Wisconsin Gov. Scott Walker (R) is restarting his fight against accepting refugees next year ― this time with an ally in the White House.
On Tuesday, the governor sent a letter to President-elect Donald Trump that has several requests from the state of Wisconsin, including having “a broader role in determining how many refugees and from which countries until we are comfortable with the vetting process that is being utilized to screen these individuals,” referring to people “from countries with terrorist ties.”
The letter does not single out Syrians, although Walker has said many times before that he does not want them in his state. He sent the letter at the height of a months-long siege and bombing campaign that left thousands of civilians dead or displaced in the rebel-held city of Aleppo.
Trump initially campaigned on a promise to keep all Muslims from entering the U.S., then said he would bar people from certain countries affected by terrorism. He also said he would ban Syrian refugees from coming to the country, based on speculation that they could be terrorists and a false claim that they are barely vetted before being admitted into the U.S.
That means he could be sympathetic to Walker’s plea for more power over refugee resettlement. It’s not clear what “broader role” Walker was requesting, and a spokeswoman for the governor did not immediately respond to a request for comment. But Walker was one of many governors in November 2015 who called for a ban on Syrian refugees and said his state would not cooperate in accepting them.
“As far as we can tell, they’re just fully integrating these individuals into the communities that they’re in, which doesn’t really fit with the definition of refugee.”
Those efforts failed, because governors cannot dictate federal immigration policy or ban certain people from their states. Some states, not including Wisconsin, withdrew from the refugee resettlement program entirely because they couldn’t block Syrians, even though doing so doesn’t actually keep anyone out.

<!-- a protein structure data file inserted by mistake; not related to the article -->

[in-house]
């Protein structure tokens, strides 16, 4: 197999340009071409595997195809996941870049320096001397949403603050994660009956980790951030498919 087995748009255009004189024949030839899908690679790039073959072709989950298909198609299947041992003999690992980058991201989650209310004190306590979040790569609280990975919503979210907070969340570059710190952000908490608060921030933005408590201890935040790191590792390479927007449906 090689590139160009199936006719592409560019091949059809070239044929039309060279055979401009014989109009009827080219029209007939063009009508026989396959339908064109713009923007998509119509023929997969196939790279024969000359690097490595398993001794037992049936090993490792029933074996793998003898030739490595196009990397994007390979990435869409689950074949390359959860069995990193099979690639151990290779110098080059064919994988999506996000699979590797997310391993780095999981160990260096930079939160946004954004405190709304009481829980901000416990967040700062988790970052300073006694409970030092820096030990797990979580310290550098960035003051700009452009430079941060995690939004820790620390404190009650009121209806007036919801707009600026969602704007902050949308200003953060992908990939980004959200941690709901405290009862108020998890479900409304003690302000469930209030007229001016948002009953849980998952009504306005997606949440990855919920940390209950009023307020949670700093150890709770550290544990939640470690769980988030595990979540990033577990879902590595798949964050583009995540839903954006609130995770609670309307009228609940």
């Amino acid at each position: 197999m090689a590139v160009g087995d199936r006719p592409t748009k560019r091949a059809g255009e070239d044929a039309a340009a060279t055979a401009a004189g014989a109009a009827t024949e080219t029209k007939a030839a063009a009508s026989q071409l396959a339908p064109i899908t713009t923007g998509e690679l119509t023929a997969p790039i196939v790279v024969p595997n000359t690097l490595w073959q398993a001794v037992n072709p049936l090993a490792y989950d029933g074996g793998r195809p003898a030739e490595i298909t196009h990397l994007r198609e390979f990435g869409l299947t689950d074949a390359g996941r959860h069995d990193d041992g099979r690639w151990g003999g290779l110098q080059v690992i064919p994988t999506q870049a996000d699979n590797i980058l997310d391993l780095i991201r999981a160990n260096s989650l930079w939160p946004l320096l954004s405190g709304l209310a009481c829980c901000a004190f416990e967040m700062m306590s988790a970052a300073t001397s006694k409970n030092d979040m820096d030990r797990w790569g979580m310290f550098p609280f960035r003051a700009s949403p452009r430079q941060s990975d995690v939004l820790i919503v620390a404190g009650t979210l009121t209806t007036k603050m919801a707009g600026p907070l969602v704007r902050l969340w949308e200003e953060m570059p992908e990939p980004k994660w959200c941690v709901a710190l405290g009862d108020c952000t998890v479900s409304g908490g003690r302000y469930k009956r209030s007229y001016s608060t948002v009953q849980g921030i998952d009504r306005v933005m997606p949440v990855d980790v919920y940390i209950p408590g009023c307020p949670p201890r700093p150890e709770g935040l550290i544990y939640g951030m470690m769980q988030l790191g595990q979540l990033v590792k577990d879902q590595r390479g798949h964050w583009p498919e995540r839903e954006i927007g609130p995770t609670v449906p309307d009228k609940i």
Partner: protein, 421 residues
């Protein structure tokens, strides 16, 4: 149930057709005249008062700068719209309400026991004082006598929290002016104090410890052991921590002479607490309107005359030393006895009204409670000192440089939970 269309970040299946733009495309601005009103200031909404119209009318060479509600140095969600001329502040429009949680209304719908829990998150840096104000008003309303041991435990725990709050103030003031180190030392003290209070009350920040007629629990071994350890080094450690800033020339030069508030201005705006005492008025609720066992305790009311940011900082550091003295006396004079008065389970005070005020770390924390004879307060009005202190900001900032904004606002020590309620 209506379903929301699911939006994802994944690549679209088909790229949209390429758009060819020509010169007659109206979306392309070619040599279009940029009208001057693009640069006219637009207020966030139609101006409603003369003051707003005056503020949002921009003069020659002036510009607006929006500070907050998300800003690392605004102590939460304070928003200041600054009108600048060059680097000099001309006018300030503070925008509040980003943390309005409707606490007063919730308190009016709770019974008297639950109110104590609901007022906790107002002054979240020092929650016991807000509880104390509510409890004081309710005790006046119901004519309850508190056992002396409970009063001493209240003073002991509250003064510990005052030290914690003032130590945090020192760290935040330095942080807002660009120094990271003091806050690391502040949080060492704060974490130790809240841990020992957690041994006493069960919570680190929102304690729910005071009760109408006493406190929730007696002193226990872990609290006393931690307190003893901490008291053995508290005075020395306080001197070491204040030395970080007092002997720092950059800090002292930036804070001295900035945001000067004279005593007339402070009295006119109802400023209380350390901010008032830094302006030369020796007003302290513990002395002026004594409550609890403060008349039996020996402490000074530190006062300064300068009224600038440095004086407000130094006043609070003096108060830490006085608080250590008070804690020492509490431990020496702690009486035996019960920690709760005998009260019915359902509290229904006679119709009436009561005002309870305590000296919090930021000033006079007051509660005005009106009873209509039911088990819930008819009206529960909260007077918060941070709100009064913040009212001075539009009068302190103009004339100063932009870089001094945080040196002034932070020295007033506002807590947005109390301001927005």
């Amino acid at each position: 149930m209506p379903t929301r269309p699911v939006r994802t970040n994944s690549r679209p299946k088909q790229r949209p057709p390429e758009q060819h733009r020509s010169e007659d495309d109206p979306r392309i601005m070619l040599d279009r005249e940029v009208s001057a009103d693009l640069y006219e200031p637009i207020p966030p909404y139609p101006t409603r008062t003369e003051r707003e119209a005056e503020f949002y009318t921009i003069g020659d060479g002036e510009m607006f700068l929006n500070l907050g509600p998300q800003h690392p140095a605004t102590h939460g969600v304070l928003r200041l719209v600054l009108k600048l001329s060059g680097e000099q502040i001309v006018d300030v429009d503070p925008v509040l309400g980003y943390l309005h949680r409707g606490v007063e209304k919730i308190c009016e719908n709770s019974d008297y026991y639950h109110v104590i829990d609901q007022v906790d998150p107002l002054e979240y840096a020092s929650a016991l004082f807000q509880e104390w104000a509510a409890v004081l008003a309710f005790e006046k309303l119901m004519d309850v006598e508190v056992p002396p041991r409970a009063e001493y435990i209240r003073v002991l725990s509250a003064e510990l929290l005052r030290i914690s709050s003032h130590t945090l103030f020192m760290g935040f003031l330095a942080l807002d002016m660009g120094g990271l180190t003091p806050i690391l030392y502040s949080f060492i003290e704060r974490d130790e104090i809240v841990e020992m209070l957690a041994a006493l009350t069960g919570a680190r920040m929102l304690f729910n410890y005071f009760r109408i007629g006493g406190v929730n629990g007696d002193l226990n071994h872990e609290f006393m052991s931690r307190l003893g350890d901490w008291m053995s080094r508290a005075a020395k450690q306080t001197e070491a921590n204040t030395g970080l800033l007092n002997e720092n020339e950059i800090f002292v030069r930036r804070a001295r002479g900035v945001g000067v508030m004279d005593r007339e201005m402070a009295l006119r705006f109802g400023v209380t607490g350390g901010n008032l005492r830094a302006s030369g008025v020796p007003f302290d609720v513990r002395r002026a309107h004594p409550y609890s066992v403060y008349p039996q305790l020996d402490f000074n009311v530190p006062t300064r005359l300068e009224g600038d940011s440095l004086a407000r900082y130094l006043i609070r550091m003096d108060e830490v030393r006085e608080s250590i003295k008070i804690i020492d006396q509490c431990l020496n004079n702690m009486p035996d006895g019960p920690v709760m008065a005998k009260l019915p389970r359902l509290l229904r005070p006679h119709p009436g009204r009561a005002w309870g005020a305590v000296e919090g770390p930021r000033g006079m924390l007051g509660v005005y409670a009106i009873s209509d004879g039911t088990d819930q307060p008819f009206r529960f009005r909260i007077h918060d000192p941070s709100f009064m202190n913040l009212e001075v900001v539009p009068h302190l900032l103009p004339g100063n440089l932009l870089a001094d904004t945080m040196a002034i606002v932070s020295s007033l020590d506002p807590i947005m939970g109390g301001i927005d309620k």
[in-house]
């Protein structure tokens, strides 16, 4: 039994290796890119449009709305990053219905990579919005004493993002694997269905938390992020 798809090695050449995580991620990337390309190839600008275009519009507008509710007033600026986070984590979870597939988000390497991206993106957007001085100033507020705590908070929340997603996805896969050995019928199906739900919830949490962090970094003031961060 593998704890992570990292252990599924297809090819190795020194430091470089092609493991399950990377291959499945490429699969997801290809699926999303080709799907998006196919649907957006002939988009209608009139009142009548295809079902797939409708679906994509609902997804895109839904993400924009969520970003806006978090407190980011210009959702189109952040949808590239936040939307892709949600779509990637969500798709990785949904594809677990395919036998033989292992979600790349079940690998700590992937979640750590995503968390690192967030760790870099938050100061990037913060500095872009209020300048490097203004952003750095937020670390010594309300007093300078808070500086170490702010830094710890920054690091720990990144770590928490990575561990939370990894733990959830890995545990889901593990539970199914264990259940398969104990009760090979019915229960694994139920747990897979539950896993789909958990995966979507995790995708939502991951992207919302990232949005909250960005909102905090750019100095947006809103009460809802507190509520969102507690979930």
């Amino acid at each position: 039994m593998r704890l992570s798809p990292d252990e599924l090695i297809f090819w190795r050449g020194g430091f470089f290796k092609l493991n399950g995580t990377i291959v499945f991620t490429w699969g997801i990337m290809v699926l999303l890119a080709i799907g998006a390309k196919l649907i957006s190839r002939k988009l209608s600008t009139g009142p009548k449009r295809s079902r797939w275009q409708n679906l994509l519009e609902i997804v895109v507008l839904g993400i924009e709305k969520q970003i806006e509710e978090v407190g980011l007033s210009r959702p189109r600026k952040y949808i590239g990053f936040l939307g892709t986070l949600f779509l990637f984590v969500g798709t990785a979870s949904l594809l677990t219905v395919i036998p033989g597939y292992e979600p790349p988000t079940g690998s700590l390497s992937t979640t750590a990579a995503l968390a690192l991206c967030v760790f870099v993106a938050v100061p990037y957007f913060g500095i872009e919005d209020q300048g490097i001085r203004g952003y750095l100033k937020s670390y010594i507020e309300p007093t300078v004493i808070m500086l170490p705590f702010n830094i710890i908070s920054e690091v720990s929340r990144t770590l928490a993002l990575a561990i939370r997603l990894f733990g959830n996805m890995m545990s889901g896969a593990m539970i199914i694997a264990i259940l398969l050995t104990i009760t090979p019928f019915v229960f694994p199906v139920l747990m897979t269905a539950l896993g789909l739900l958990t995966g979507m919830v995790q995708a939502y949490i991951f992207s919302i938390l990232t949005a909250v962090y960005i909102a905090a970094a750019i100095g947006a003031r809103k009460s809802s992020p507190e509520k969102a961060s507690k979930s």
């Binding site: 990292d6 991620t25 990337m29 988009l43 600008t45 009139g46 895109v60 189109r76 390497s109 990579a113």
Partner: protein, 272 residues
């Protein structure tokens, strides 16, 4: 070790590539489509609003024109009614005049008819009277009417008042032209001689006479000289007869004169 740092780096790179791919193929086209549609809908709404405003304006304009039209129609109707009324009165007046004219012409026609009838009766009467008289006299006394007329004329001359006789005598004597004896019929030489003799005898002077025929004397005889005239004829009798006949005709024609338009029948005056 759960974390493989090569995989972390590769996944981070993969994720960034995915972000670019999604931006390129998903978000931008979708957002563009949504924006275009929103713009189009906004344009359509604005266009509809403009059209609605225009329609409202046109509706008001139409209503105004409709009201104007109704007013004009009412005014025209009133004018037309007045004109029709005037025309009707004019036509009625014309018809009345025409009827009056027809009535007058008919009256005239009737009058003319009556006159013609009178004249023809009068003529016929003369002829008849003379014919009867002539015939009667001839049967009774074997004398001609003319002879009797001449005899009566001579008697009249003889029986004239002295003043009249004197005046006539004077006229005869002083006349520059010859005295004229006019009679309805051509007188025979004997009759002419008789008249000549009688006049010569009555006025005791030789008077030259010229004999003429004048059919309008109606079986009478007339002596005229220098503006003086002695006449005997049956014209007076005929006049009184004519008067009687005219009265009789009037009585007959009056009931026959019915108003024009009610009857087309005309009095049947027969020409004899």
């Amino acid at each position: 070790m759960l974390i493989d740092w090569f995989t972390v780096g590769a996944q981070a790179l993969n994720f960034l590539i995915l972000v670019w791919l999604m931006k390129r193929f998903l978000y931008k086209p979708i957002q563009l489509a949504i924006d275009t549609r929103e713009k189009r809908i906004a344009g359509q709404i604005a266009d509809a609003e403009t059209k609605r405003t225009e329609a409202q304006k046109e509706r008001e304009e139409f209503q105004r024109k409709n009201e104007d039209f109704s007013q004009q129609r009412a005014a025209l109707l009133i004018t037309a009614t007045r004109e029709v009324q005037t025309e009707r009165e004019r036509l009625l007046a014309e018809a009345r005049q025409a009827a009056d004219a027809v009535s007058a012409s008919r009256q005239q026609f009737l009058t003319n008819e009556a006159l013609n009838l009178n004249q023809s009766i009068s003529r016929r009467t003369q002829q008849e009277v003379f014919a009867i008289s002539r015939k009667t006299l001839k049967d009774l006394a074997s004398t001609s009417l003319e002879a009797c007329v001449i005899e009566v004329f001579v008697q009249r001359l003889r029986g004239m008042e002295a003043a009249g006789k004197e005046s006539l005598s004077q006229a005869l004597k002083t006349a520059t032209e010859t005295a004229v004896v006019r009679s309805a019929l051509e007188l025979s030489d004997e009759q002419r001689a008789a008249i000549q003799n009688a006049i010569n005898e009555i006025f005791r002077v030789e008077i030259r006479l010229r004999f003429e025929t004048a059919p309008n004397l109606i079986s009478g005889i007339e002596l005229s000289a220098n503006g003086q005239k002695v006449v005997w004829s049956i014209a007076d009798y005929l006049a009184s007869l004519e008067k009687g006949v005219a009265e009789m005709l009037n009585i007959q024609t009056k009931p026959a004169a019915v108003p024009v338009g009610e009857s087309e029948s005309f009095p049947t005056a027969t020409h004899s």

Walker told the Associated Press this week that he made his request to Trump because he believes states should get more information about refugees.
“As far as we can tell, they’re just fully integrating these individuals into the communities that they’re in, which doesn’t really fit with the definition of refugee,” Walker said. “We have no idea how many people may have ties to the Islamic State or to other forms of radical Islamic terrorism or jihadist groups, and I think it’s a legitimate public safety concern.”
Integration is actually a stated goal of their resettlement once the federal government places refugees in states. According to the federal Office of Refugee Resettlement, “integration is one of the key factors to refugee self-sufficiency.” Organizations work to help newly arrived refugees get jobs, enroll their children in school and join community groups. Refugees who are lawfully present in the U.S. are placed within specific states, but then allowed to move wherever they want, just like anyone else.
Refugees go through extensive vetting ― far more than people coming to the U.S. through other legal means ― before being accepted into the country. Only a tiny fraction of refugees are resettled at all, and those who are can’t pick whether they end up in the U.S. or somewhere else.
Federal law enforcement officials have expressed some concerns about the challenge of vetting Syrian refugees, but have not said it is impossible, as Walker, Trump and others have claimed. FBI Director James Comey is often cited as a source for those statements, although he in fact said “there is no risk-free process” but that the government had become “dramatically better” at vetting in the past eight years.
Backlash against Syrian refugees within the U.S. has often flared based on threats from people who weren’t Syrian ― or weren’t even refugees. The State Department said last year that only about a dozen of the nearly 785,000 refugees admitted into the U.S. since 9/11 “have been arrested or removed from the U.S. due to terrorism concerns that existed prior to their resettlement in the U.S. None of them were Syrian.”
About 60 percent of the Syrians resettled in the U.S. in the 2016 fiscal year were under the age of 18, according to the State Department. Wisconsin admitted about 1,690 refugees, from about 590 families, during the same time period. Only 21 of those families ― about 100 individuals total ― were from Syria.